The meals on the bus go round and round

It started here

In San Francisco, the new trend is bustaurants, restaurants built into buses complete with kitchens and dining rooms. While this region didn’t invent the bustaurant — that mantle  goes to a double-decker in London named The Root Master — the Bay Area has evolved the concept and is now home to two moveable feasts, which attract equal parts adventurous diners and bus-loving kids.

One is Diamond Lil, a converted silver 1957 Greyhound that takes up to 16 diners on private mobile eating adventures or caters for larger parties where the bus becomes part of the entertainment. Co-owner Kai Schoenhals, who was inspired to do a bustaurant by Napa’s Wine Train, says Diamond Lil’s menus “change with the scenery.” He adds: “We go wherever the grades, curves and overhanging objects allow.”
Then there is Le Truc, a 36-foot former school bus that this month began serving at festivals and regular gatherings of mobile food vendors, dubbed Off the Grid. Le Truc’s owners bought the used bus for $3,000 and have invested more than $100,000 in the business, including outfitting the bus with a grill, roof vents, speakers and a digital ordering system.
Bustaurants handle the dining experience in different ways. Sometimes food is cooked in a normal kitchen or outdoors, or on the bus’s own kitchen stove when parked. (Cooking food while a vehicle is in motion is against the law.) Appetizers might be consumed while the bus is in motion, but in Diamond Lil’s case, dinner is served once the bus is parked, or outside the bus.
Blake Tally, co-owner of Le Truc, says his bustaurant counters a stereotype, however undeserved, that mobile food operators serve greasy, cut-rate food. “People stigmatize the ‘roach coach,'” says Mr. Tally. “We are a ‘broach’ coach. People are easily going to be sitting there eating and forgetting that they are in a bus.”
At a recent Off the Grid event at Fort Mason Center, guest chef Jennie Lorenzo, formerly of noted San Francisco restaurant Fifth Floor, prepared sashimi in Le Truc’s full-service kitchen. She served the food through a window on the side of the bus and at two prix-fixe tablecloth-covered seatings inside the bus for $35.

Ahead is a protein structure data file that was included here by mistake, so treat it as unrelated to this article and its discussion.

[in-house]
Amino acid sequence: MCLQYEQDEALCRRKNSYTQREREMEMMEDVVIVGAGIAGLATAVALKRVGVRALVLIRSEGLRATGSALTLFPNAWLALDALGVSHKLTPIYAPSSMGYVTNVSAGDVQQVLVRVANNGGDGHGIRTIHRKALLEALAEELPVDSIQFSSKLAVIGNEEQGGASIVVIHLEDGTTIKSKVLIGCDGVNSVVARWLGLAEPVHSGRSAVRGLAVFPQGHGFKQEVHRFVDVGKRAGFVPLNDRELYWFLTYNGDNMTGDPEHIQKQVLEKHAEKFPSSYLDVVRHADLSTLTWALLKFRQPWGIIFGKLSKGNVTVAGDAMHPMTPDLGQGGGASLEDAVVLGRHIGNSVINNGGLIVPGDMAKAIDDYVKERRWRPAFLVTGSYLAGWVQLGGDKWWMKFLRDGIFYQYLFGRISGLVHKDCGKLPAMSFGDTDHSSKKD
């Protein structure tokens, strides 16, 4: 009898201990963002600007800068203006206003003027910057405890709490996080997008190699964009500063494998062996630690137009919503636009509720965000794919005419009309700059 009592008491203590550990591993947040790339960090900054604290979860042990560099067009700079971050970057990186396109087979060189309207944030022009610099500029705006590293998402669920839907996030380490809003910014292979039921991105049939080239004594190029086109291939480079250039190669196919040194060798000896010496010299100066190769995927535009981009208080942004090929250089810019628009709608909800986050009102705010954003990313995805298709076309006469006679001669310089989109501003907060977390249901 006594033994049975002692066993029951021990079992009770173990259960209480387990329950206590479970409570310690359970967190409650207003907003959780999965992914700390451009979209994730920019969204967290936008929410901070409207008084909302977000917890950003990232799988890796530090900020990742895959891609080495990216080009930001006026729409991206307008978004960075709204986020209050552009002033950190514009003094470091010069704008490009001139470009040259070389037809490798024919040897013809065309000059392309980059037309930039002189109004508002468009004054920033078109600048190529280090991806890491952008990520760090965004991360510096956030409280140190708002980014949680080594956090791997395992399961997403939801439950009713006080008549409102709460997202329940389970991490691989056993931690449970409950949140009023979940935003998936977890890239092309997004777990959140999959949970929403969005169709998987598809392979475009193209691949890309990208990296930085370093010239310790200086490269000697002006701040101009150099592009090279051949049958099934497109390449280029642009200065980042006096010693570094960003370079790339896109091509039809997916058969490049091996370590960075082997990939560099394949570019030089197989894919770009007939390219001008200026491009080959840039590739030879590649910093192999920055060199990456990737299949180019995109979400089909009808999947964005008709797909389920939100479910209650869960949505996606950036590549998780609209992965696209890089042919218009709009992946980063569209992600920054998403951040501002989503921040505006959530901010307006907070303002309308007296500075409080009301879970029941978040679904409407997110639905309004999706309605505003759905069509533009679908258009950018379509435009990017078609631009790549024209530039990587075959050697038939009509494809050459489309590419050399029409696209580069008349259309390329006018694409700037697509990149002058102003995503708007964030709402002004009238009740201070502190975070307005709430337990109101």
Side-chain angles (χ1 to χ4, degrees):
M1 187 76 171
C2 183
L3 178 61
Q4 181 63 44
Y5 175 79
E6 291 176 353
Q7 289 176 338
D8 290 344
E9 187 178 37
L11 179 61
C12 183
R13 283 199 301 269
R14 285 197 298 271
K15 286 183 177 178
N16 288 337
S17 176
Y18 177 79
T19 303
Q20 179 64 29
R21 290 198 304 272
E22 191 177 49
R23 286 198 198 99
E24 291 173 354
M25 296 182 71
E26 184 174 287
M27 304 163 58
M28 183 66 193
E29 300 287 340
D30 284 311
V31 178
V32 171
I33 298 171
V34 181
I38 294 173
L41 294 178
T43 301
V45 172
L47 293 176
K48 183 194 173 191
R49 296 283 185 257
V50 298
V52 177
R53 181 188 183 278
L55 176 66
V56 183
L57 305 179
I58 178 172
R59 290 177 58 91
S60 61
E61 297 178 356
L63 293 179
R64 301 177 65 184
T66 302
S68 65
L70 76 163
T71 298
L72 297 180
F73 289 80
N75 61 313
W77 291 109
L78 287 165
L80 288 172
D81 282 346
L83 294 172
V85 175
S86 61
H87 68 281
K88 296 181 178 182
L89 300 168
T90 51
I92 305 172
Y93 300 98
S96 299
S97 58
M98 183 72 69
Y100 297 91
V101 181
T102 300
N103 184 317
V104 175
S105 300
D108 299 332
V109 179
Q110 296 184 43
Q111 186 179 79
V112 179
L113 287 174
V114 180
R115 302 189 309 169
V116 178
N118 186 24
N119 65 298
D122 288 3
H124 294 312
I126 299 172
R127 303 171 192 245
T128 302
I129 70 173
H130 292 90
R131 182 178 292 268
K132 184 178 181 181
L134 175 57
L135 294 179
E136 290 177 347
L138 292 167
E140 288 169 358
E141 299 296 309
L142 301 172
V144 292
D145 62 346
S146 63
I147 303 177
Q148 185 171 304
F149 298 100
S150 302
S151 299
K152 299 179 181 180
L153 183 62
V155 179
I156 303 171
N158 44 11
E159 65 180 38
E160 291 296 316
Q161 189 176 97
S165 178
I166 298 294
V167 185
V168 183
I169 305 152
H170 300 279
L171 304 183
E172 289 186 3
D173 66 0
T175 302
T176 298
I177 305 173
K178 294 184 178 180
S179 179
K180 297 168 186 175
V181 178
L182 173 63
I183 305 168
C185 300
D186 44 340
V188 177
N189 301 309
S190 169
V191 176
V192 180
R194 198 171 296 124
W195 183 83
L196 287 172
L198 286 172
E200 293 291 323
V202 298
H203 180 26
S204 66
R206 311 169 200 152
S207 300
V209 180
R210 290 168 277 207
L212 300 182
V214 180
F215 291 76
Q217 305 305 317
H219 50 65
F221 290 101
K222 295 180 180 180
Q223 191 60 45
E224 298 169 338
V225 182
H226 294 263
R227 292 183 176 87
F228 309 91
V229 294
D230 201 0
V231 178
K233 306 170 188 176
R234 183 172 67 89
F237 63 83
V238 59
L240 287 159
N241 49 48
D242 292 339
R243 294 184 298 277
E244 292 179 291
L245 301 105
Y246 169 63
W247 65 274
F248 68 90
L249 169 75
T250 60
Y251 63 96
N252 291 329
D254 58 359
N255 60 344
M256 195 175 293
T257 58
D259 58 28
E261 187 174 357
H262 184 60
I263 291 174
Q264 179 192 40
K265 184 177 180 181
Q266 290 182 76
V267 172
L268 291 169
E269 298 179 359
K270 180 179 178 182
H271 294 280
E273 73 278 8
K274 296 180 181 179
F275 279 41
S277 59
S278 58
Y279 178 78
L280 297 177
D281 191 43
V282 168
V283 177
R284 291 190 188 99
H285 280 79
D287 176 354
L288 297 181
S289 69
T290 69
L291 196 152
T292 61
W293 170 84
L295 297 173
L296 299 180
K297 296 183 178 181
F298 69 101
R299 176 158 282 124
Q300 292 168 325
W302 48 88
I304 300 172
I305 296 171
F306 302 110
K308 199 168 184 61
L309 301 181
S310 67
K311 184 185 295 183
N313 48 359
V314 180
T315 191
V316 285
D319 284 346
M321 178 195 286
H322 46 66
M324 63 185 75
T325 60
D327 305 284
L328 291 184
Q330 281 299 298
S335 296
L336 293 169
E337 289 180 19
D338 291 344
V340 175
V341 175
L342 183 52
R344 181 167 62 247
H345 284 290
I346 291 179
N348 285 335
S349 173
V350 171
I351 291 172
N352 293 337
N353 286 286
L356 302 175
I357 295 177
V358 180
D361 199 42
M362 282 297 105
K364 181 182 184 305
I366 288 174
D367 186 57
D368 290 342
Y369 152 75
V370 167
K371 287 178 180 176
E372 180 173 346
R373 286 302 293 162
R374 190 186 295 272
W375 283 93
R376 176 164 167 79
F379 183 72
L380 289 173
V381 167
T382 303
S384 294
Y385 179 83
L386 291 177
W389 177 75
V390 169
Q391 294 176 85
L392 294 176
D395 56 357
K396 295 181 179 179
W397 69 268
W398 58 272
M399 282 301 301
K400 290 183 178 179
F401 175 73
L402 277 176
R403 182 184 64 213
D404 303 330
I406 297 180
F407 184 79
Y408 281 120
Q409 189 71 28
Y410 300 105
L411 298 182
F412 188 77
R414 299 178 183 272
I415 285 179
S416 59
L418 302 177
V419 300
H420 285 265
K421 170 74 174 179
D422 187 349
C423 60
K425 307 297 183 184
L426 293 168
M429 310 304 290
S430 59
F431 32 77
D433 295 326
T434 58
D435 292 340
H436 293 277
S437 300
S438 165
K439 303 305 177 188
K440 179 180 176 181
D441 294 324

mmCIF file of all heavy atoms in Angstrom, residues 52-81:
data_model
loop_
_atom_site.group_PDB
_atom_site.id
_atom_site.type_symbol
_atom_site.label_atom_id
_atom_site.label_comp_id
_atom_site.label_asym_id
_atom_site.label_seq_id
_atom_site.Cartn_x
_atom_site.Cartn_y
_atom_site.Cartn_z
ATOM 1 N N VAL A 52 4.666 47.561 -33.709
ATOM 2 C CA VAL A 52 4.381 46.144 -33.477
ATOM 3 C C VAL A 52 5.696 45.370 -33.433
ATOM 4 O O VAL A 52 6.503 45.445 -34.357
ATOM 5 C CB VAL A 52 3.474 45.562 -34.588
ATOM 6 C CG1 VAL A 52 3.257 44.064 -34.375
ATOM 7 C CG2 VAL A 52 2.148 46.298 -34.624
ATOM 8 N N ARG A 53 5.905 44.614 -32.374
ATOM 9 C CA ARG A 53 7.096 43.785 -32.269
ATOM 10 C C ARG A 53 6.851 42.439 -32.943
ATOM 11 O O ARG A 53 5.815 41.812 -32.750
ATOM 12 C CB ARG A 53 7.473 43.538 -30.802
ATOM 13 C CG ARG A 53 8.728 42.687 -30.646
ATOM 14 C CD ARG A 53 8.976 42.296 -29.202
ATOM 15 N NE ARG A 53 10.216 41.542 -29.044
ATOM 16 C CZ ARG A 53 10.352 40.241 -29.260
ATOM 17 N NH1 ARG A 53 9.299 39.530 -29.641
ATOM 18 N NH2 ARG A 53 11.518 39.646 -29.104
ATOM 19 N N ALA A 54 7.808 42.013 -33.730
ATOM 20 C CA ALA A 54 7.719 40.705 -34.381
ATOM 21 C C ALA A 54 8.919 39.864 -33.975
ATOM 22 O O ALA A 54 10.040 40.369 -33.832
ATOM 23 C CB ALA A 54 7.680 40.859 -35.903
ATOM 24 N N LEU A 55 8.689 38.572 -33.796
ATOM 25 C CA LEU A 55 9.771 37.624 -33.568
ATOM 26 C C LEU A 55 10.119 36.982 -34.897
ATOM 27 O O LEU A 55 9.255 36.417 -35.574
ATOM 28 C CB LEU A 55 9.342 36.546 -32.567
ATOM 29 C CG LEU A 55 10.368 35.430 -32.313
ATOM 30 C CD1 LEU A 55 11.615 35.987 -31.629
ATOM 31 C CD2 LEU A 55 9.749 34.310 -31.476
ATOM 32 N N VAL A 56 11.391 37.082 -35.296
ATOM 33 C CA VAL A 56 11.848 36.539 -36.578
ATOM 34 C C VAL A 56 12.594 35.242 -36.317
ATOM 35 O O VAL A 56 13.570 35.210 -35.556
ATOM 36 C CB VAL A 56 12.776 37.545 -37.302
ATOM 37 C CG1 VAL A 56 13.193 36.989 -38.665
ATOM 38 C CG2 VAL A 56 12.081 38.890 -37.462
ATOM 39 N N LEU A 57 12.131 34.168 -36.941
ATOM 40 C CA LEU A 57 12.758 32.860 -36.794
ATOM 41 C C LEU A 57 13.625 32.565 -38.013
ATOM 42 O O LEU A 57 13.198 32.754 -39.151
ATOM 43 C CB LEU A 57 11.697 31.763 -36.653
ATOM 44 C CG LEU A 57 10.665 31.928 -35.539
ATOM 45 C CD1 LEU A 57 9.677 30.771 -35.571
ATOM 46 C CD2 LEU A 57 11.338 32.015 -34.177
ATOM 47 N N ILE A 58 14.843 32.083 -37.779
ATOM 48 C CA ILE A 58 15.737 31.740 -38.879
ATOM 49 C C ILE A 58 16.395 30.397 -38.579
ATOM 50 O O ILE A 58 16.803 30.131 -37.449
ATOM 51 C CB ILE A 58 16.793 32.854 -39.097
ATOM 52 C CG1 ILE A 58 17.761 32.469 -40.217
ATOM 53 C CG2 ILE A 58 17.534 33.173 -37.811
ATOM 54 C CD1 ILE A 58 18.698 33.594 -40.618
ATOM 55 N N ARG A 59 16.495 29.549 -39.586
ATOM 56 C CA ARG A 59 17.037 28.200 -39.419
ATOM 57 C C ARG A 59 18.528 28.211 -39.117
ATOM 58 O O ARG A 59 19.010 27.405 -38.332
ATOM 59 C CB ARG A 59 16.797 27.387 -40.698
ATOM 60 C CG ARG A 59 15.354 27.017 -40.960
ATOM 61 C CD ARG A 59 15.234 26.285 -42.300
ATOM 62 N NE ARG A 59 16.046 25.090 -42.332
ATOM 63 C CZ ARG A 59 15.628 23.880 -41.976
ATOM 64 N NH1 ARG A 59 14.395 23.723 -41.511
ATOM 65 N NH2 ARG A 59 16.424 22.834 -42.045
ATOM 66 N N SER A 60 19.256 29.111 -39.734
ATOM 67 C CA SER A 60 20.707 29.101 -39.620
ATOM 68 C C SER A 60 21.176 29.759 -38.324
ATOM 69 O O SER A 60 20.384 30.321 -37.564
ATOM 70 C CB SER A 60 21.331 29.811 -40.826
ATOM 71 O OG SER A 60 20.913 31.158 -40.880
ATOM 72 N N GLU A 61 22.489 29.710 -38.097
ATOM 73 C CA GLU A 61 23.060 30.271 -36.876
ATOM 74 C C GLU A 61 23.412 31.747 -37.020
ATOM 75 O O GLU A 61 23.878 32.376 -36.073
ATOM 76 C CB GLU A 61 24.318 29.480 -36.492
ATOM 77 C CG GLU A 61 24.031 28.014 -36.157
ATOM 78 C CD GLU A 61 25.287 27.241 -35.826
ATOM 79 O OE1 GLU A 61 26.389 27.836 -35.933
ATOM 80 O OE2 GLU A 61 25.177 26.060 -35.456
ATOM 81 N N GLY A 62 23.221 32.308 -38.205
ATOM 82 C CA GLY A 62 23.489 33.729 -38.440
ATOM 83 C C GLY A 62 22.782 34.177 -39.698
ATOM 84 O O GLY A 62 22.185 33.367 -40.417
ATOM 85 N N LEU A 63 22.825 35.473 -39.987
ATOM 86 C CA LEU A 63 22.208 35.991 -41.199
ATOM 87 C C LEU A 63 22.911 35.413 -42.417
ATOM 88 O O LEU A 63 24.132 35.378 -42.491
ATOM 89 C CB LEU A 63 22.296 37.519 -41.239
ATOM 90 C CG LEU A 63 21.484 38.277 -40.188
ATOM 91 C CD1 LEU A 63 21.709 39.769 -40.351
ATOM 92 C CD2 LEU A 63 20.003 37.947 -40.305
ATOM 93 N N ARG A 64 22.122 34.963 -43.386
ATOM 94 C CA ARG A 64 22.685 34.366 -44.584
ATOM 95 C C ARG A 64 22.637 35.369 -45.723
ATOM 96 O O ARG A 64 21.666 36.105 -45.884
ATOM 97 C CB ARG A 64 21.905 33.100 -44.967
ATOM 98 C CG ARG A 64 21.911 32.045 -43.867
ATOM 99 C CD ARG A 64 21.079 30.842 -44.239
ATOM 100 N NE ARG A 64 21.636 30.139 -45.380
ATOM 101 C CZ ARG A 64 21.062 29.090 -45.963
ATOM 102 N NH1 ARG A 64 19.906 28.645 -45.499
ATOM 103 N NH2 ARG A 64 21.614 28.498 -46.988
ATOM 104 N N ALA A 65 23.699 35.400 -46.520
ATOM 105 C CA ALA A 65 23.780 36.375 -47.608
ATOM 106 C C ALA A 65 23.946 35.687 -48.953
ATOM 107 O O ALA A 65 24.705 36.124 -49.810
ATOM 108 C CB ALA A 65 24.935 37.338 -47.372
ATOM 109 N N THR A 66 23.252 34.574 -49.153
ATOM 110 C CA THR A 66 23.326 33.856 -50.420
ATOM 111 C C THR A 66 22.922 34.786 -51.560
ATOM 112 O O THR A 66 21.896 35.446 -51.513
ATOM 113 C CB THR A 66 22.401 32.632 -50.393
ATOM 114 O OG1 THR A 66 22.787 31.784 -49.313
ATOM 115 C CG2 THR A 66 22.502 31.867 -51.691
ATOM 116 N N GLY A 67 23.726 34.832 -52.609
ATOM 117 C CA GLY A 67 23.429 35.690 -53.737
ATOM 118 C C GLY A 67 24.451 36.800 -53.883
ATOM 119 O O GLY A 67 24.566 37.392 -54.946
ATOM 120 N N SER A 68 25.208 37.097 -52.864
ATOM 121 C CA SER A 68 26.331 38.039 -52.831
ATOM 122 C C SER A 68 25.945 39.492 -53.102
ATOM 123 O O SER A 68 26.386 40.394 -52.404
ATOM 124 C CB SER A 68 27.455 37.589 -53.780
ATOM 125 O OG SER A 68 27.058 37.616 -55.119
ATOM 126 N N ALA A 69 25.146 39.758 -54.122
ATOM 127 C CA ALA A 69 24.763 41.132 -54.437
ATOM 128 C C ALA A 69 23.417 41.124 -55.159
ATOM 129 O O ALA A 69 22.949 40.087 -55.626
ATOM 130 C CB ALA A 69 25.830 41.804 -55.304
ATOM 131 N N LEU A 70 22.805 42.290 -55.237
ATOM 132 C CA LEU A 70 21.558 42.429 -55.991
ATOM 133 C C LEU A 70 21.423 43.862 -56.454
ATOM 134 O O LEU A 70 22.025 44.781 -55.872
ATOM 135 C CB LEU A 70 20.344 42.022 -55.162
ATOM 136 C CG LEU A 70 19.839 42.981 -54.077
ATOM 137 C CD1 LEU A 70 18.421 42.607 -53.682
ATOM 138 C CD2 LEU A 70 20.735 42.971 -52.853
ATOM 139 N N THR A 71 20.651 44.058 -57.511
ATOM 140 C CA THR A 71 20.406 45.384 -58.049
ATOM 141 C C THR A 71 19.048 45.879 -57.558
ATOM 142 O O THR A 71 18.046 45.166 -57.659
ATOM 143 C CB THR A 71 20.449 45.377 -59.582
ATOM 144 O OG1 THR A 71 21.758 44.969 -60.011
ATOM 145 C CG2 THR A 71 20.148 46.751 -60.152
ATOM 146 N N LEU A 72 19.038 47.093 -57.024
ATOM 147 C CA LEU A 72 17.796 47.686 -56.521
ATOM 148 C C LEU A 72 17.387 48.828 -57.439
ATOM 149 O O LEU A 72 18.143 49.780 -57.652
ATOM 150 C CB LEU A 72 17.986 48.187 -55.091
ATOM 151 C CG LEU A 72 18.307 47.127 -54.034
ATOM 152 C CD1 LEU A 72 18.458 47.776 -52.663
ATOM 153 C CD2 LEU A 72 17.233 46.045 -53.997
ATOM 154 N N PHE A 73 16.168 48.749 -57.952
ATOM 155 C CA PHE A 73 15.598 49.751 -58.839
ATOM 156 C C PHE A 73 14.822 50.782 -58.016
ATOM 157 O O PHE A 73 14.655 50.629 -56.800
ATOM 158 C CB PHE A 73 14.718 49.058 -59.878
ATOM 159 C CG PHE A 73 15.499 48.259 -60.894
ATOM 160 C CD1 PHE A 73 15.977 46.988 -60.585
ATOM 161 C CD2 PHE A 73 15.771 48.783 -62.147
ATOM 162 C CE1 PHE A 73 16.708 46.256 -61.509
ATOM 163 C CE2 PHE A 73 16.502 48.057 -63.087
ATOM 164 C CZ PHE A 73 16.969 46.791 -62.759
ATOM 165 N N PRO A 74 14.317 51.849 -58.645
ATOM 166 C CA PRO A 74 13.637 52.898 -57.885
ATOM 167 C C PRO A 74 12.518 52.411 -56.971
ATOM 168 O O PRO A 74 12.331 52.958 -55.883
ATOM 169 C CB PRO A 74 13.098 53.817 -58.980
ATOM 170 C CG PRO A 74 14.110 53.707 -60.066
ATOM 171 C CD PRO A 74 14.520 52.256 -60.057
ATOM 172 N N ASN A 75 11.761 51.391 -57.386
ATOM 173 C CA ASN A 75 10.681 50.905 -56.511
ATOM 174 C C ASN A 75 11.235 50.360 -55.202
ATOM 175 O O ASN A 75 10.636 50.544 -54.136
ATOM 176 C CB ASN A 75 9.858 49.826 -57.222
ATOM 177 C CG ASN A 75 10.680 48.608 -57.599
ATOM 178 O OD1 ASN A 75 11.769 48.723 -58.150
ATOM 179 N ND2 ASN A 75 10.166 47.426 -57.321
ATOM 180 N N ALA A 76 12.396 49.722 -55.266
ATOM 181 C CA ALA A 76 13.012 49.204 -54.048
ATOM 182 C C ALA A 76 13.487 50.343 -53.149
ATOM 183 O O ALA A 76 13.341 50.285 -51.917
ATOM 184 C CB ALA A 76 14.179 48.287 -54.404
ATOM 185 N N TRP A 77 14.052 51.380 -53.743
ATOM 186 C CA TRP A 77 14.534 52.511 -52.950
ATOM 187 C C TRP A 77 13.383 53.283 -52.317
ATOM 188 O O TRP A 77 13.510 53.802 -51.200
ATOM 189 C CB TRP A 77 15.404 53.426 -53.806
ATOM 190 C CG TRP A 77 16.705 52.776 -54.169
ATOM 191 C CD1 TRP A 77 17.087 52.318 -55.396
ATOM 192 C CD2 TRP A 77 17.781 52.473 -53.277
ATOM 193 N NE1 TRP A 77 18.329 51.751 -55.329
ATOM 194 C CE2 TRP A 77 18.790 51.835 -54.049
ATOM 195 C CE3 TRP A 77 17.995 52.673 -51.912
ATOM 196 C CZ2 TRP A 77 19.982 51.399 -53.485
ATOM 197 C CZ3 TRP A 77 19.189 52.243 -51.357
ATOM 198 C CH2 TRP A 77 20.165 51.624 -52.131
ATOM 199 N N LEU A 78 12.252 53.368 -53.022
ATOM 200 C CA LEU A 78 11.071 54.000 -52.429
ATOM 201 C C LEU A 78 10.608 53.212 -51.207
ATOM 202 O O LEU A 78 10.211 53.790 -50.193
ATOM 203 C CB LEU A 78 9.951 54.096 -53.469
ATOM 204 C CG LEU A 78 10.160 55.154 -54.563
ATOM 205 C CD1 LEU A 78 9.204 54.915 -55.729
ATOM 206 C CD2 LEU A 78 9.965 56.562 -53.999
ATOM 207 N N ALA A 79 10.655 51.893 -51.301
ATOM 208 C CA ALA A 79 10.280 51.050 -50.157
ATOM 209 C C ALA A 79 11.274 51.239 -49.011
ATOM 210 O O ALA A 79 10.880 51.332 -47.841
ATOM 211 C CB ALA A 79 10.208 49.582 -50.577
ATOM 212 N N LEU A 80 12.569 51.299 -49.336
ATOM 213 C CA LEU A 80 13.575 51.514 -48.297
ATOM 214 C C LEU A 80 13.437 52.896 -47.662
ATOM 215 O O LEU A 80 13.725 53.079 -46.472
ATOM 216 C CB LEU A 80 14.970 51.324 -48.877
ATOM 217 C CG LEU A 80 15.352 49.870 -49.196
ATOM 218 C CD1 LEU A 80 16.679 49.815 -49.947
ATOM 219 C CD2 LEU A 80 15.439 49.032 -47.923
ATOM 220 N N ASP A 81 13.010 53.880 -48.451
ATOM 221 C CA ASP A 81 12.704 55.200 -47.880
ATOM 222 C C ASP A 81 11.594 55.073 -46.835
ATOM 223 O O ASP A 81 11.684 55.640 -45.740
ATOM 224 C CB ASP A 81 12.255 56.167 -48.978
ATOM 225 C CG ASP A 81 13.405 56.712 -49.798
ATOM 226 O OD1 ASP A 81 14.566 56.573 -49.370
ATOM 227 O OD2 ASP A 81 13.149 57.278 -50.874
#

“Living in the Bay Area, you’re always trying to find something unique among the unique,” says diner Susan Lieu, a boutique chocolate maker.
Both Le Truc and Diamond Lil are in their early stages and working out kinks. For Diamond Lil, those problems include motion sickness, vehicle suspension — and even sliding tableware. “We consider nautical and aeronautical models,” says Mr. Schoenhals.
At Le Truc, perhaps the most vexing challenge has been getting the needed permits for the bustaurants to take more regular routes. Mr. Tally says the business plan is to park nightly near bars that don’t have service food of their own.
“We have a lot of interest from bars that want us to be near them, but the zoning of San Francisco is bureaucratic,” says Mr. Tally, who has been working for months to get permits to serve food from Le Truc around town. “We could spend $50,000 in one year getting all these permits required to operate in 10 locations on private property, and the whole time we’re stuck not running.”
For now, Diamond Lil has focused on occasional underground dining adventures and events like Wine & Spirits magazine’s Top 100 tasting event on Oct. 13. Eventually, Mr. Schoenhals and his chef partner hope to open their own physical restaurant in San Francisco, with the bus parked in front.
Matt Cohen, who runs mobile-food-consulting company Pave Services and organizes Off the Grid, says it is difficult to operate a food truck legally and stay in business. Currently, each stop on public property needs to be 300 feet or two blocks (whichever is further) away from similar types of restaurants, and it costs more than $8,000 to apply for a permit for five stops on public property, among other regulations.
“There is no mechanism for a mobile vendor to do a one-off thing and sell for just one night,” says Mr. Cohen.
San Francisco Supervisor Bevan Dufty recently introduced legislation that would cut back on some of the red tape and put the Department of Public Works — rather than the police — in charge of regulating buses. The board could hold a hearing on that legislation early next month.
Not everyone is sympathetic. Daniel Scherotter, chef-owner of San Francisco’s Palio d’Asti restaurant and a former president of the Golden Gate Restaurant Association, says he worries about the damage a bustaurant could do to business at a regular restaurant, should one park nearby. Worse, he says, bustaurants might hog precious parking spaces.
Mr. Tally says brick-and-mortar restaurants shouldn’t see bustaurants as unfair competition. “I pay rent and workman’s comp and taxes, just like them,” he says. “The differences between building a bustaurant and a restaurant in the city are really minor.”

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